Stephanie Storm

KENT: When Kent State hired Paul Haynes to replace Darrell Hazell as football coach in December, there was one immediate benefit he brought to the program.

As a walk-on defensive back at Kent State from 1987-91 who later served as an assistant coach for two seasons (1999-2000), Haynes is well versed in KSU’s intense rivalry with the University of Akron.

That’s why he wasted little time following the Flashes’ (2-7, 1-4 Mid-American Conference) loss to visiting Buffalo before turning his team’s attention to the 3:30 p.m. Saturday game against the Zips at InfoCision Stadium.

“It’s Akron week,” Haynes said during his opening statement in last week’s post-game news conference, no more than a half hour after walking off the field following a 41-21 loss to the Bulls. “We said in the locker room that every ounce of energy, mind, body and soul goes into this game. Whatever we have to do, we’re going to do it to win this game. It’s life or death. You don’t lose to Akron — bottom line.”

Some of Haynes’ passion for defeating Akron (2-7, 1-4) is fueled by his personal 2-4 record against the Zips. (He is 2-2 as a player and 0-2 as an assistant coach.)

On Monday, Haynes was emotional when speaking about the Zips.

“It’s Akron week,” he began, “it’s everything. It makes and breaks seasons. You throw records out the window. You throw what has happened in the past out the window. It does not matter. It just comes down to what happens at 3:30 on Saturday. This is the season. … whatever it takes, however we have to do it, whatever we’ve got to do, it’s got to get done.”

Haynes’ education in rivalries only intensified when he served an eight-year stint as a defensive assistant at Ohio State under former coach Jim Tressel, who coincidentally now is in his second stint as an employee at the University of Akron. After many years of embarrassing losses to rival Michigan, Tressel turned around the Buckeyes’ fortunes, winning eight of nine, including the last seven, against the Wolverines.

So it was no surprise when Haynes borrowed a page out of Tressel’s rivalry week playbook earlier this week as the Flashes prepared to face the Zips.

“We started a new tradition [Sunday],” he said. “We brought the band in and had them perform the fight song. Then we had them go through what they [usually play] on first down, second down and third down. Then our guys grabbed the instruments and they started playing the fight song and we marched down to the 50-yard line.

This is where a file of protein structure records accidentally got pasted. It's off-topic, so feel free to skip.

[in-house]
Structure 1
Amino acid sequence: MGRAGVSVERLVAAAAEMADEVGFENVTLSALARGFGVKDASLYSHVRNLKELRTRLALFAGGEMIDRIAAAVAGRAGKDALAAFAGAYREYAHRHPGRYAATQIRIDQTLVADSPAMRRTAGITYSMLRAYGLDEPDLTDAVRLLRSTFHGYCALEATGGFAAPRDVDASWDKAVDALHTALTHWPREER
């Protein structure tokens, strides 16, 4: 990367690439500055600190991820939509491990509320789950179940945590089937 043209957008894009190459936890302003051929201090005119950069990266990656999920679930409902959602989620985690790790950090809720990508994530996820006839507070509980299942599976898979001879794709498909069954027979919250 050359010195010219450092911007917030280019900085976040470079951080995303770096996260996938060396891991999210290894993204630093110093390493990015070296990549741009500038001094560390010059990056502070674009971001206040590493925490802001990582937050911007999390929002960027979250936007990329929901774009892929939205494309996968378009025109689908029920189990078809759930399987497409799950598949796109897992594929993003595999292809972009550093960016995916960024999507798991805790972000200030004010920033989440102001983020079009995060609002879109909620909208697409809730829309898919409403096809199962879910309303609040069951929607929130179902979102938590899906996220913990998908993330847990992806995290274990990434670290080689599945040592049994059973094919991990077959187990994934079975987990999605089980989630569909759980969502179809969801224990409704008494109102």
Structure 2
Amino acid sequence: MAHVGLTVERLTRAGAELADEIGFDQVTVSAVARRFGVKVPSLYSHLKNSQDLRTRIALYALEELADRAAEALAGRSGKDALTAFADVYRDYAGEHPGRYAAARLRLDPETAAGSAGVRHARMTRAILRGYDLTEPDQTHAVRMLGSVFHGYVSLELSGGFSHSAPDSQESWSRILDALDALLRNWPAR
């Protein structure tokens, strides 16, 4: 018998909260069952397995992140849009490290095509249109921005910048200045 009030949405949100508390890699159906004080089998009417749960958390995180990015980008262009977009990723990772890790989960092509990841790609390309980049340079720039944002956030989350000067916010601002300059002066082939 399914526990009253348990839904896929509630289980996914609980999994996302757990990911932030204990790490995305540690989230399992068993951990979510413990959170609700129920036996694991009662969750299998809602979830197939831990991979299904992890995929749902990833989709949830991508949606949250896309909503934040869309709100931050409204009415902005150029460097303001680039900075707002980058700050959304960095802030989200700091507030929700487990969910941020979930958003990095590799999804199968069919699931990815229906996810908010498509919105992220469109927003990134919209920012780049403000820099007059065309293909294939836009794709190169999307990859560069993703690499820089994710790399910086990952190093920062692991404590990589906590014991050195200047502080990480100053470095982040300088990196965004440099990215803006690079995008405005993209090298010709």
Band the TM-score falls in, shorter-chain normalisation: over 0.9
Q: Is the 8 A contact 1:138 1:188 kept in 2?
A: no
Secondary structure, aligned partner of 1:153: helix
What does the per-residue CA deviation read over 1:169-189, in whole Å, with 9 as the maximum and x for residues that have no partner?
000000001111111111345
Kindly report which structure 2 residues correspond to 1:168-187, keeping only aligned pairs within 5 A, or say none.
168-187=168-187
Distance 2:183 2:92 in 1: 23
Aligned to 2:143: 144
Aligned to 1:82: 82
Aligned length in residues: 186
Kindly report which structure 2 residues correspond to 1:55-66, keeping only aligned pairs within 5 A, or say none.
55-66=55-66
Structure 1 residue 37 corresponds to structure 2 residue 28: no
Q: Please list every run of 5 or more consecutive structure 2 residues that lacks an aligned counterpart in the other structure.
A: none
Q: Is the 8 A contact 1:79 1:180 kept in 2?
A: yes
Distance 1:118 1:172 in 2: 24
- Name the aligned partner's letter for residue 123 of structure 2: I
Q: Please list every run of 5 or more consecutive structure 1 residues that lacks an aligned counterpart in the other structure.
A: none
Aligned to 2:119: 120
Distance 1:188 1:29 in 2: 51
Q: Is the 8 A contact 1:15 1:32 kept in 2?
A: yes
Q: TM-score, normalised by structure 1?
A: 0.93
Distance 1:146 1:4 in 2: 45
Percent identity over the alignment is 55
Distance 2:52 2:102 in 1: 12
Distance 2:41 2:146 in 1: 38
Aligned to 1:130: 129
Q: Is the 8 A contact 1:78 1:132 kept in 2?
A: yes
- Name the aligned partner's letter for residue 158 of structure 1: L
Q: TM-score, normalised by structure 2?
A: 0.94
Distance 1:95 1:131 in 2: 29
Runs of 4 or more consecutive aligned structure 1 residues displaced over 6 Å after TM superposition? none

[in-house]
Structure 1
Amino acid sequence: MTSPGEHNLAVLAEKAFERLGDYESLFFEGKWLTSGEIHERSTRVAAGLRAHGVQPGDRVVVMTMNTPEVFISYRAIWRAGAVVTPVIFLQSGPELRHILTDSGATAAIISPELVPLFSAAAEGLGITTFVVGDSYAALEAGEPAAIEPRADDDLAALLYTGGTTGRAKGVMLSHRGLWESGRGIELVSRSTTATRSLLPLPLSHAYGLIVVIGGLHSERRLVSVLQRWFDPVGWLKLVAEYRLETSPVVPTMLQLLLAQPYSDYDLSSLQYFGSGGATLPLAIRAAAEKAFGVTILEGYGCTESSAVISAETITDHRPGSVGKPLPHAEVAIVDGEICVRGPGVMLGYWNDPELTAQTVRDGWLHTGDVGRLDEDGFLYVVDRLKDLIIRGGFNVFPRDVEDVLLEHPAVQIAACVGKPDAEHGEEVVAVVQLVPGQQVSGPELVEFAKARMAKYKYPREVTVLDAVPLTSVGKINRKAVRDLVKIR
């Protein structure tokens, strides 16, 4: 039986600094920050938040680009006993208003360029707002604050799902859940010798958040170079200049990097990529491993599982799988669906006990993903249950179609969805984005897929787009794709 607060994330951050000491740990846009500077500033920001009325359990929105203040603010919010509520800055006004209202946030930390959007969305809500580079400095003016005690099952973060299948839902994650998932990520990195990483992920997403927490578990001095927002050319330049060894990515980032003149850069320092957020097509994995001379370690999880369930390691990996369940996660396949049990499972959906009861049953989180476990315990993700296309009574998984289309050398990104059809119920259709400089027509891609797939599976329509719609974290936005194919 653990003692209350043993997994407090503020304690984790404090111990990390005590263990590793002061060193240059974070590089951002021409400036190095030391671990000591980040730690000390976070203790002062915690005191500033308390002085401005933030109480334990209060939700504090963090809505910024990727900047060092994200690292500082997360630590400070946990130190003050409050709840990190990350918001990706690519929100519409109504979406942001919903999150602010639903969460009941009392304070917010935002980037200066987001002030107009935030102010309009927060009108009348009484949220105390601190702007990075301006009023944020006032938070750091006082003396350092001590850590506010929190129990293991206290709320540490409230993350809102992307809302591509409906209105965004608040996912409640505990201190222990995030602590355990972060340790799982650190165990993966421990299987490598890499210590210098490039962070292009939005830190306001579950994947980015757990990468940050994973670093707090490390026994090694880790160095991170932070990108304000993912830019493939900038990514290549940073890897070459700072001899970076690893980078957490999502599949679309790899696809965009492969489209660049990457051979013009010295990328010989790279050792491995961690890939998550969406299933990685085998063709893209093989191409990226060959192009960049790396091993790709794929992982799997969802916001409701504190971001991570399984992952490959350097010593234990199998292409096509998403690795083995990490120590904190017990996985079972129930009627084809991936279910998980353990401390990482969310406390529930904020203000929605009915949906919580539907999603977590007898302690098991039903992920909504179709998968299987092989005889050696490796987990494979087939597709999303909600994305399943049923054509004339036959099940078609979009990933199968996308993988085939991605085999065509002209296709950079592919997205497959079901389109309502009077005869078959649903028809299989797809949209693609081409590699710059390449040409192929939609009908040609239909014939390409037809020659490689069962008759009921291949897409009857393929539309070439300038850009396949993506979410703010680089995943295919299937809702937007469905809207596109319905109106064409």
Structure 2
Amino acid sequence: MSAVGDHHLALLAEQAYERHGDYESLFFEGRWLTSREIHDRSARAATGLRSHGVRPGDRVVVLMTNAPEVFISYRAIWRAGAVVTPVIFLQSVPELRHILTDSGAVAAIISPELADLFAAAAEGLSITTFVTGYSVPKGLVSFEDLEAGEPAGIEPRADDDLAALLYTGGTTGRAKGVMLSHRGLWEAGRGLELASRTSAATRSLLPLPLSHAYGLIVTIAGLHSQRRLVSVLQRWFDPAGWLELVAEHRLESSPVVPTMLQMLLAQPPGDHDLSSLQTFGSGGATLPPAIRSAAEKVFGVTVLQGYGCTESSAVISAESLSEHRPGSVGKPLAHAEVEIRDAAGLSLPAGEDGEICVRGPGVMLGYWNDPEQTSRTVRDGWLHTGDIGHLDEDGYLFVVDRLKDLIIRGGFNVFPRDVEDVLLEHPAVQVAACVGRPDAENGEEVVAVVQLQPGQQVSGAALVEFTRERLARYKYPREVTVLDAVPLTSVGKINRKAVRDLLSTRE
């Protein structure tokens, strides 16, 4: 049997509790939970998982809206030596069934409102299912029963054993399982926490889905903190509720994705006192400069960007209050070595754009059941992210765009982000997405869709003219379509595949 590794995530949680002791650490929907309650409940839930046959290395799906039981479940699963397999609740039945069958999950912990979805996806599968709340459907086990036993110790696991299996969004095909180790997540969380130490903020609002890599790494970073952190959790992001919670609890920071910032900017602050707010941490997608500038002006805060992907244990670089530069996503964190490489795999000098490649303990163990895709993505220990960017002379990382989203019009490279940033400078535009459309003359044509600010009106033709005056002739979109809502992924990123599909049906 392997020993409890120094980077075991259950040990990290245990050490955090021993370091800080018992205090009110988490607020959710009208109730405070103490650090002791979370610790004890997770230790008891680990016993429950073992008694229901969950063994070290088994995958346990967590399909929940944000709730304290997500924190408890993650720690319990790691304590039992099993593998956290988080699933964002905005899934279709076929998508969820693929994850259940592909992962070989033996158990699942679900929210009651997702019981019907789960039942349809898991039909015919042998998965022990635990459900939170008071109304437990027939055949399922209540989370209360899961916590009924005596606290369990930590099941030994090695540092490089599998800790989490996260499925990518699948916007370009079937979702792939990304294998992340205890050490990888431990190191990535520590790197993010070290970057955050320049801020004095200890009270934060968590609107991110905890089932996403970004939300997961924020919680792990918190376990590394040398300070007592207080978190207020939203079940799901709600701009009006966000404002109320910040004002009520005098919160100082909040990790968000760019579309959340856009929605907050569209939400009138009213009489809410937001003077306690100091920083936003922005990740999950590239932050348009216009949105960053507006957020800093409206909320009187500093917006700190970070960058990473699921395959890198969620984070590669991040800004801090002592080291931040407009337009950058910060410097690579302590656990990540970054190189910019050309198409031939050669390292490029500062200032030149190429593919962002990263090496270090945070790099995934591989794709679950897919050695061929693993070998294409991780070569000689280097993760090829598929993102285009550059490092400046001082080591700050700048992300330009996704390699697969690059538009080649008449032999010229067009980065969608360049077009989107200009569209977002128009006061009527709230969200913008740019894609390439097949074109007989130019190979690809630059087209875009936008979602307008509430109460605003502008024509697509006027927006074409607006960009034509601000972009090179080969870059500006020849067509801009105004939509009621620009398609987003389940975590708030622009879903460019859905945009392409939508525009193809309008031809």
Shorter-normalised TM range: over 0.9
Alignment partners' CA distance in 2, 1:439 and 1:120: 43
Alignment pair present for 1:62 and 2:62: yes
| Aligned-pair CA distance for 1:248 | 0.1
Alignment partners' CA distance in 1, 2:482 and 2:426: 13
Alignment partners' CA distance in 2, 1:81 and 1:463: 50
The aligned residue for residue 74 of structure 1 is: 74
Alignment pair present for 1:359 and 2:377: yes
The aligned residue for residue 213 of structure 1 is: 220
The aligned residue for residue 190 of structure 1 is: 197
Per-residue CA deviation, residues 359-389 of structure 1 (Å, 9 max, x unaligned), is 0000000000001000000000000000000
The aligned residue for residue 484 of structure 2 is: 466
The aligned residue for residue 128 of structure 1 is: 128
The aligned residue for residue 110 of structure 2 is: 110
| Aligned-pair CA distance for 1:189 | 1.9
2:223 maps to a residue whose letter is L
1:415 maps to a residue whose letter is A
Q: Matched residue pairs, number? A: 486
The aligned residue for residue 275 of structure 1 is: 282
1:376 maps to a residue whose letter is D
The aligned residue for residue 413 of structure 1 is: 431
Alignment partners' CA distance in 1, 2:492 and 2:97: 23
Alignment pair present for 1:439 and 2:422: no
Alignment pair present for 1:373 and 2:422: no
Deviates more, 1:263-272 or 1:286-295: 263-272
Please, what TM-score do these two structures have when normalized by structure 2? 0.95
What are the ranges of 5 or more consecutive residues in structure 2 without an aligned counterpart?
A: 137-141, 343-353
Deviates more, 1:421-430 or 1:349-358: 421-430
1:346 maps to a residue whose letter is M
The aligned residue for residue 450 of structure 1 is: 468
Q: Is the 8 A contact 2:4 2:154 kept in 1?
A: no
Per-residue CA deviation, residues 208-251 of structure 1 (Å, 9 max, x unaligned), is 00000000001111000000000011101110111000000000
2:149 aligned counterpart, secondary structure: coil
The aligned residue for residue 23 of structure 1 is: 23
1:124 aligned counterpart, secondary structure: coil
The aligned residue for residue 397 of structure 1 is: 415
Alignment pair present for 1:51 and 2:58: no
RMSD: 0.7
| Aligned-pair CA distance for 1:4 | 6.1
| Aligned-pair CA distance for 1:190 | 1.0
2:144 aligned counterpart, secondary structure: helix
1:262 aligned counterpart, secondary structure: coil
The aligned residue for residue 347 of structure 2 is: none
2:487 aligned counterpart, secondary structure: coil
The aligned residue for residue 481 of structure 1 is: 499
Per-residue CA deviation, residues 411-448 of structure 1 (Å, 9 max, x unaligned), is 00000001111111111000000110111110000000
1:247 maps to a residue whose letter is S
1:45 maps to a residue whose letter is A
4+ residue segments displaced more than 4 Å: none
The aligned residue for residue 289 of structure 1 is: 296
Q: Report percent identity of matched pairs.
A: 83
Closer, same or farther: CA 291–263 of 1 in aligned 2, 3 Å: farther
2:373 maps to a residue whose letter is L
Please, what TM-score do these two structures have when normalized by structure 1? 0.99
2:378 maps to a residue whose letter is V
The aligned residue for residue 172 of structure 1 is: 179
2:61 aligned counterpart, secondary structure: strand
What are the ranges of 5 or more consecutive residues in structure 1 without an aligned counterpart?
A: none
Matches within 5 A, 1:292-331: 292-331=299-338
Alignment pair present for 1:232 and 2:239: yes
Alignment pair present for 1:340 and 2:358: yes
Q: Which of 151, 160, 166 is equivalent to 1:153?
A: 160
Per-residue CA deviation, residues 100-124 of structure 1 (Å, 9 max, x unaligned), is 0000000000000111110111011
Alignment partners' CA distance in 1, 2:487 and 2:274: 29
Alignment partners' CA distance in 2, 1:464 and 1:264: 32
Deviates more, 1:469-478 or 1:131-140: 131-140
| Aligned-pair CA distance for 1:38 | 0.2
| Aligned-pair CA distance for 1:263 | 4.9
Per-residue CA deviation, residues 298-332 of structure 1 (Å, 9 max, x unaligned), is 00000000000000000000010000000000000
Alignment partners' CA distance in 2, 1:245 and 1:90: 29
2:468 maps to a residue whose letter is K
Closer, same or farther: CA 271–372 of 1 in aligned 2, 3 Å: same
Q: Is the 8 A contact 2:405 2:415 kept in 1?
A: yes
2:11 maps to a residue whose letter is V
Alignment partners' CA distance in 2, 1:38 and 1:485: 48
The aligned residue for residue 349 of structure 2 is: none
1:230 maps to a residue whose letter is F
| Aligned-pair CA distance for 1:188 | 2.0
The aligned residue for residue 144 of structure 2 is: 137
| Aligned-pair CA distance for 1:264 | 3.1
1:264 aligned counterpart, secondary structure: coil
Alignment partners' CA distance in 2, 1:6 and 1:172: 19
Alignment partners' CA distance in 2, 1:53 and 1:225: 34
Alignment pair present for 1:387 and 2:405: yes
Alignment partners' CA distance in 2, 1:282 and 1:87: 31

“That’s something that we did [at Ohio State] that I thought was pretty neat. I wanted to bring it here, get the band involved with the football players and the players involved with the band. Everybody is involved in this game. It’s not just about the players on the field.”

Like Hazell — another longtime Tressel assistant coach — before him, Haynes made sure there were plenty of reminders plastered on the walls in the football facility to keep his staff and players aware of how big this week’s game is to the program.

“I remember all the signs being up.” Haynes said of the Beat Michigan signs at OSU. “One of the first questions I asked [KSU director of football operations Zack Tilves] is if we have [beat Akron] signs, and he said we did. [I figured] Coach Hazell did that, and I’m sure [Ohio State] is where that came from.”

Rivalry-intensifying props aside, all it takes to get Haynes really emotional about KSU’s rival is to get him talking about the Wagon Wheel, the trophy that the winning team of the KSU/Akron game displays until the next season when the teams face each other again.

“One of the hardest things to do when you talk about that wheel is have them run over and take it,” Haynes said with a noticeable quiver in his jaw. “That’s what you can’t have happen. You just cannot, by any means necessary.”

The Flashes are proud of the fact that the wheel has been mounted on a wall in their locker room for the past three seasons, since claiming it back from the Zips on Oct. 9, 2010.

“The best thing about the Wagon Wheel is having it,” said junior defensive end Nate Vance, who as former assistant coach Zane Vance’s son has been around the rivalry longer than most players. “It’s right when we walk [into our locker room], front and center. Right where it should be. As long as it’s in our locker room, we’re good.”

Stephanie Storm can be reached at Read the Kent State blog at Follow her on Twitter at and on Facebook at